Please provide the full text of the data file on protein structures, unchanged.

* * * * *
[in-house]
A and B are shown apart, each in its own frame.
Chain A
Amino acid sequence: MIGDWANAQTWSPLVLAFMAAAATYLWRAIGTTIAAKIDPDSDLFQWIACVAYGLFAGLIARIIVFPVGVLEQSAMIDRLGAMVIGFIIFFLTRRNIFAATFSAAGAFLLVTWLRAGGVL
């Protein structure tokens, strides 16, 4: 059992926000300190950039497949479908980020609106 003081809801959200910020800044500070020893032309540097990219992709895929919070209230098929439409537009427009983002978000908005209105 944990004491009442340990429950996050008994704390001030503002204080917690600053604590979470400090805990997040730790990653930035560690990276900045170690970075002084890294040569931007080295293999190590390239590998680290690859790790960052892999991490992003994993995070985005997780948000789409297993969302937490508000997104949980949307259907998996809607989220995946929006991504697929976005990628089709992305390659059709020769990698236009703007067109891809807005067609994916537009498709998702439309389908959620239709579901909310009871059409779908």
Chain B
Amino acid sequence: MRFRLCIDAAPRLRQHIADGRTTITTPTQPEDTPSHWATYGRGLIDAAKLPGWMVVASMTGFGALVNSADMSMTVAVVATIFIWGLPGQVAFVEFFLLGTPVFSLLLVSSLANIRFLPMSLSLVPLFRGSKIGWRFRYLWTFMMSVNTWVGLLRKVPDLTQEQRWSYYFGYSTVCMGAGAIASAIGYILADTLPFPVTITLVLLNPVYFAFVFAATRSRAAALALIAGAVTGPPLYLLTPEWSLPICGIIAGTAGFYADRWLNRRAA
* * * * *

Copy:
[in-house]
A and B are shown apart, each in its own frame.
Chain A
Amino acid sequence: MIGDWANAQTWSPLVLAFMAAAATYLWRAIGTTIAAKIDPDSDLFQWIACVAYGLFAGLIARIIVFPVGVLEQSAMIDRLGAMVIGFIIFFLTRRNIFAATFSAAGAFLLVTWLRAGGVL
């Protein structure tokens, strides 16, 4: 059992926000300190950039497949479908980020609106 003081809801959200910020800044500070020893032309540097990219992709895929919070209230098929439409537009427009983002978000908005209105 944990004491009442340990429950996050008994704390001030503002204080917690600053604590979470400090805990997040730790990653930035560690990276900045170690970075002084890294040569931007080295293999190590390239590998680290690859790790960052892999991490992003994993995070985005997780948000789409297993969302937490508000997104949980949307259907998996809607989220995946929006991504697929976005990628089709992305390659059709020769990698236009703007067109891809807005067609994916537009498709998702439309389908959620239709579901909310009871059409779908």
Chain B
Amino acid sequence: MRFRLCIDAAPRLRQHIADGRTTITTPTQPEDTPSHWATYGRGLIDAAKLPGWMVVASMTGFGALVNSADMSMTVAVVATIFIWGLPGQVAFVEFFLLGTPVFSLLLVSSLANIRFLPMSLSLVPLFRGSKIGWRFRYLWTFMMSVNTWVGLLRKVPDLTQEQRWSYYFGYSTVCMGAGAIASAIGYILADTLPFPVTITLVLLNPVYFAFVFAATRSRAAALALIAGAVTGPPLYLLTPEWSLPICGIIAGTAGFYADRWLNRRAA